Mood changes are part of everyday life for us all. If you have bipolar disorder, though, you are likely to experience extreme swings, from low mood (depression) to periods of overactive behaviour (mania) – usually with more ‘normal’ phases in-between.
It is thought that around one in a hundred of us are affected by bipolar disorder. Even so, it is often misunderstood as a mental health problem. This can result in stigma and discrimination, which might make it harder for people to speak openly about what they are going through, as well as seek the help they need.
What is bipolar disorder?
"I've been brought up to never talk about mental health – if you can't see it, it doesn’t exist. This is why I think it is important to share; and as I start on my journey with bipolar, I want to write about both the positive and negative responses I have to this illness.” (Zoe) How do I tell people I was diagnosed with bipolar disorder?
Bipolar disorder (formerly known as manic depression) is a severe mood disorder. Individuals experience low moods, which might be characterised by depression, feelings of hopelessness, a lack of energy and social withdrawal. At other times, high, manic moods can bring confidence, energy and optimism, as well as a loss of inhibition.
Bipolar disorder can have a significant impact on someone’s life, but it’s important to note that many people who live with it lead productive, creative lives.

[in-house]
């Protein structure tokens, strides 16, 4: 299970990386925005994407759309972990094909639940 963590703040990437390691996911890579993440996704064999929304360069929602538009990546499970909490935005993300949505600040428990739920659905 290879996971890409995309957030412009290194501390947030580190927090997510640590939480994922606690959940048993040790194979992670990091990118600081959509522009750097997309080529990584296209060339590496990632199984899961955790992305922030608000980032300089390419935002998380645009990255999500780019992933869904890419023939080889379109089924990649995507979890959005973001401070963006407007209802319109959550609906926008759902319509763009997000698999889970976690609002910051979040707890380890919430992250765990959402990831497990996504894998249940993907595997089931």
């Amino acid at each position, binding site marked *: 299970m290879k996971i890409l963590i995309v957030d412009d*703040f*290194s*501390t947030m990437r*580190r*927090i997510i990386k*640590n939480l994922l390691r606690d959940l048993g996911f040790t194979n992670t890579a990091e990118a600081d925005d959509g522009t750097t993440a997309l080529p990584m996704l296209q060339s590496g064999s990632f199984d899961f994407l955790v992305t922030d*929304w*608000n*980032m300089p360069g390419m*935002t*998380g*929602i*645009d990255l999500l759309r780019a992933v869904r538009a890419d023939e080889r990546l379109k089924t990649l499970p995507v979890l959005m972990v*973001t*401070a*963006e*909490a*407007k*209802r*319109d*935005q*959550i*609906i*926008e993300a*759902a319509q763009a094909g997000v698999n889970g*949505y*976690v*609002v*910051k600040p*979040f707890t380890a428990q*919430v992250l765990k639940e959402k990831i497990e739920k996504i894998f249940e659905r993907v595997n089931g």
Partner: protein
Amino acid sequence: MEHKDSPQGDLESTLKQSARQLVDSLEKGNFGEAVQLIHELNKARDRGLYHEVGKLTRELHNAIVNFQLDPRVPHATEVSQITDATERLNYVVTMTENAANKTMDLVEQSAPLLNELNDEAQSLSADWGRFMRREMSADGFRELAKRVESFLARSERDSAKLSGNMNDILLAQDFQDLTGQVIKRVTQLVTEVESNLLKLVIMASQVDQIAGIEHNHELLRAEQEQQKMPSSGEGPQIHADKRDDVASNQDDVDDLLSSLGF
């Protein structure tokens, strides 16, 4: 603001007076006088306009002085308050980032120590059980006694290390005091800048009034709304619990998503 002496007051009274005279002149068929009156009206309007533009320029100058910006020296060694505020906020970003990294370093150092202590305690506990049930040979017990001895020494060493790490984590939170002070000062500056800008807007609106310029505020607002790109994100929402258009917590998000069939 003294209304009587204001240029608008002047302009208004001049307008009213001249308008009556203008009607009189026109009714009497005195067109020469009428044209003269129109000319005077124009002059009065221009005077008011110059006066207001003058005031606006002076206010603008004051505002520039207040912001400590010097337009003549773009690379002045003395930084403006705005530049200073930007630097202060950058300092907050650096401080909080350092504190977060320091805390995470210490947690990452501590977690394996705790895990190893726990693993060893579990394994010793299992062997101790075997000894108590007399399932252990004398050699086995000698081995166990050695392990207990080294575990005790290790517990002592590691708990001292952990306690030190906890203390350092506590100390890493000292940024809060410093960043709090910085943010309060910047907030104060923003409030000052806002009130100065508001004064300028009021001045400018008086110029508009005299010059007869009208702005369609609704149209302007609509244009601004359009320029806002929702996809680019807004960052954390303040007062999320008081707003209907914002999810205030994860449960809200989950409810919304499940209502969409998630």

The stigma around bipolar disorder
"You never know how someone will react when you declare a mental health problem – especially at my level of management. There's still that huge misconception that those of us with complex mental health problems don't work or are incapable of doing a job that is stressful, mentally challenging or requires you to work outside the standard 9 – 5.” (Rachel) Is bipolar a disability? I never know what to put
Mental health problems are common, but nearly nine in ten people who experience them say they face stigma and discrimination as a result.
This stigma and discrimination can be one of the hardest parts of the overall experience because it might mean lost friendships, isolation, exclusion from activities, difficulties in getting and keeping a job, not finding help and a slower recovery. Equally, stigma can cause us to shy away from the people around us who might need our support.
It doesn’t have to be this way.
Do you want to find out more about bipolar disorder? Read blogs and personal stories from people who have experienced bipolar disorder.